Driving a 1954 Austin-Healey 100/4 from Peking to Paris in the June 2019 ERA Rally.

Monday, 27 November 2017

0031 Electrician, Mechanic, or Trimmer ?

21st - 28th November 2017
Or am I supposed to be a Navigator ?

The wiring loom again
Rebuilding a car really is something rather special - You truly do have to be a Jack of All Trades, and  hopefully instead of a Jack I am becoming a Master of at least a couple of them !!  The last week has seen me doing a lot of work on the wiring loom in preparation for a visit to a (real) autoelectrician with a long list of questions.  The plan is to get him to point me in the right direction, but for me to do the work, because I need to know this stuff in case the lights fuse in the middle of the night in the Gobi !  Today (Monday) was supposed to be the day I visited the electrican, but unfortunately he didn't answer his phone today - Maybe tomorrow !  The joys of rebuilding a car and relying on other people .......

Cotter pin passes trough too far to tighten
While Ashton was here last week, we got most of the front hubs on loosely, but there was a problem with one of the cotter pins that holds the lower fulcrum pin in place - It fell half way through which left some unthreaded section visible below, which in turn meant the pin couldn't be tightened. After a while
The offending cotter pin
on the internet with the supplier in the UK, their experts agreed that they had sent us the wrong cotter pins, so they are sending 2 correct ones (hopefully) out ASAP.  Meanwhile the front axle completion comes to a halt..........   It is so annoying - this one supplier sold us the entire front stub axle assembly parts - King pins, stub axles, fulcrum pins, the lot, and they STILL manage to send us an incorrect part !!   Don't they every check ?  No ISO certification there, methinks.

Old corroded connector
But this then freed me up to start work (again) on the wiring loom, which was very fortunate because I also had to go in to hospital this week for a quick "procedure" to make sure everything was still working properly, and this meant I was on a special diet and also needed to stay fairly close to "amenities", so running all over town and working in Classic Car workshop was not really viable ! So the loom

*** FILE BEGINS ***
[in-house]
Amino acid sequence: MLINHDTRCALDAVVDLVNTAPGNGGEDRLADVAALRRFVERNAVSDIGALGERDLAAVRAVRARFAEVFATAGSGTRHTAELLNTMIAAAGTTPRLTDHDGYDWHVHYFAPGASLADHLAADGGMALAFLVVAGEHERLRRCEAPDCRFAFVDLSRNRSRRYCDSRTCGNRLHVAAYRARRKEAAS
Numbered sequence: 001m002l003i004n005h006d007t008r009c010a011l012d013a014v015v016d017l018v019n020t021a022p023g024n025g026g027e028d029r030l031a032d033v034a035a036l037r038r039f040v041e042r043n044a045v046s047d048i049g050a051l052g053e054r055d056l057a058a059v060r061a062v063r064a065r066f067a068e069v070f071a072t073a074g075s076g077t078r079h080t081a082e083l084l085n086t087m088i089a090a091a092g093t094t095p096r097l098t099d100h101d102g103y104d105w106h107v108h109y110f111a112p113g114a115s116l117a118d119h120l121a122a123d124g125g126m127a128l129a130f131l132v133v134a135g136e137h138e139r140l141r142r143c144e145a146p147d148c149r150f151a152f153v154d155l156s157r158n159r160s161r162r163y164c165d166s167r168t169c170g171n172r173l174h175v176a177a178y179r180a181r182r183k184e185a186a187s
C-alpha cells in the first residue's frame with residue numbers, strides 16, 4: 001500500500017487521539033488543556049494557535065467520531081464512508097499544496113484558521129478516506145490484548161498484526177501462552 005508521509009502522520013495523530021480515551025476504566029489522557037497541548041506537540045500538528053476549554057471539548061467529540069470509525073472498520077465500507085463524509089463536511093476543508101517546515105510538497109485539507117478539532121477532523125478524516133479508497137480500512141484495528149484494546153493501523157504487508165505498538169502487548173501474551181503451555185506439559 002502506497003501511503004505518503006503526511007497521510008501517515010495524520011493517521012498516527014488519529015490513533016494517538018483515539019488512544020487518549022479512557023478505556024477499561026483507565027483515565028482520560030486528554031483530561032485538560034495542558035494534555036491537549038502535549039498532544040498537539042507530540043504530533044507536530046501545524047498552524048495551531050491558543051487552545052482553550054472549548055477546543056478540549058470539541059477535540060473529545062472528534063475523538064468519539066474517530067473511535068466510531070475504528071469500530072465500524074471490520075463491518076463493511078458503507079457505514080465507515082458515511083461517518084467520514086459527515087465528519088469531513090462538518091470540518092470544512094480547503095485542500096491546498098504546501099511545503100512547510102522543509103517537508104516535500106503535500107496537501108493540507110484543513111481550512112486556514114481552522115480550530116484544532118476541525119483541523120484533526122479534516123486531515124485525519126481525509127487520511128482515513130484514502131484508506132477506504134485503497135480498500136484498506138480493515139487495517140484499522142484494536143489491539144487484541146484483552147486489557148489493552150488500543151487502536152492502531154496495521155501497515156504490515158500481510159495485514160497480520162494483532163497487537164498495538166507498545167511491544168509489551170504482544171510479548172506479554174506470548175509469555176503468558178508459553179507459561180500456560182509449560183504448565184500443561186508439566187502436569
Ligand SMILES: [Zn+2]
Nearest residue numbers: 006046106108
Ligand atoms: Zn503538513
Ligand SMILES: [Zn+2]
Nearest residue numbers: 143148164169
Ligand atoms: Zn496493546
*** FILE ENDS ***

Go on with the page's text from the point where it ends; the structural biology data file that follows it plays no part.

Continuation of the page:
Cleaned up connector
got spread out again on the table, and, armed with the new electrical connectors (another saga of another UK  supplier sending the wrong parts !),  I set to work.  I know my way around the loom quite well now, with only a few things still mystifying me, but I am removing all the old connectors and replacing them with new.  Many of the connectors are either rusty, or corroded, or both, but the bullets themselves usually clean up really well, while the rubber outer connectors I am just replacing all of them with new.  Where the bullets either don't clean up or are obviously too old to instill confidence, then I replace them with new.

Original brake pedal
In the meantime, I picked up the brake and clutch pedals off the
Cleaned up brake pedal
car, which looked very sad and worn, and held together with glue and plastic zip ties !  After cleaning them up, I started looking around various suppliers for similar sized rubber pads, with no luck.  I eventually asked Mark at CCC and he said "Oh, they are standard Healey pedals - Just by the rubbers from AH Spares in the UK" !!  SO I have added these to a short list of last minute items that I am finding I need, and will order them in the next day or so. I am trying to delay the order as much as possible because I know as soon as I submit the order, I will find some other part I need !!

Possible oil storage in tubes ?
To give you an idea of how our minds are working on this project, I woke up one morning and realised that the two 1 inch square tubes that were a metre long and had been inserted under the spare wheel to support its weight were about to be welded up - EMPTY !   As each of them holds almost 1/2 litre, that would be a litre of storage - More if we put more tubes in there !!   We could store oil in there !  Or maybe make a new tank and fit fuel in there, above the rear axle.  Or maybe even find a way to fit a spare half shaft in there ?  Lots of ideas - We simply cannot afford to leave 1 sq inch of space unused as we have so little !  On later inspection, the idea of a fuel tank was ruled out, but the option for using the tubes to store oil, or to find a way to attach a half shaft in there for storage is still very much on the table.  

Bottom of new pax door
Meanwhile Andrew has been working on the doors, especially the passenger one which had to be shortened for the exhaust.  This whole bodywork issue is quite complex, and every issue is linked to the next.  For instance, as you saw in the last post, the front wheel arch needs cutting out to allow space for the wheel. But because of all the bog in this wing,  and the fact that other panels and the door hing A pillar have now changed shape after the work that has been done to straighten the chassis,  it needs to be fitted up first before it can be cut.  But this cannot be done until the door
Fitting up front wing panel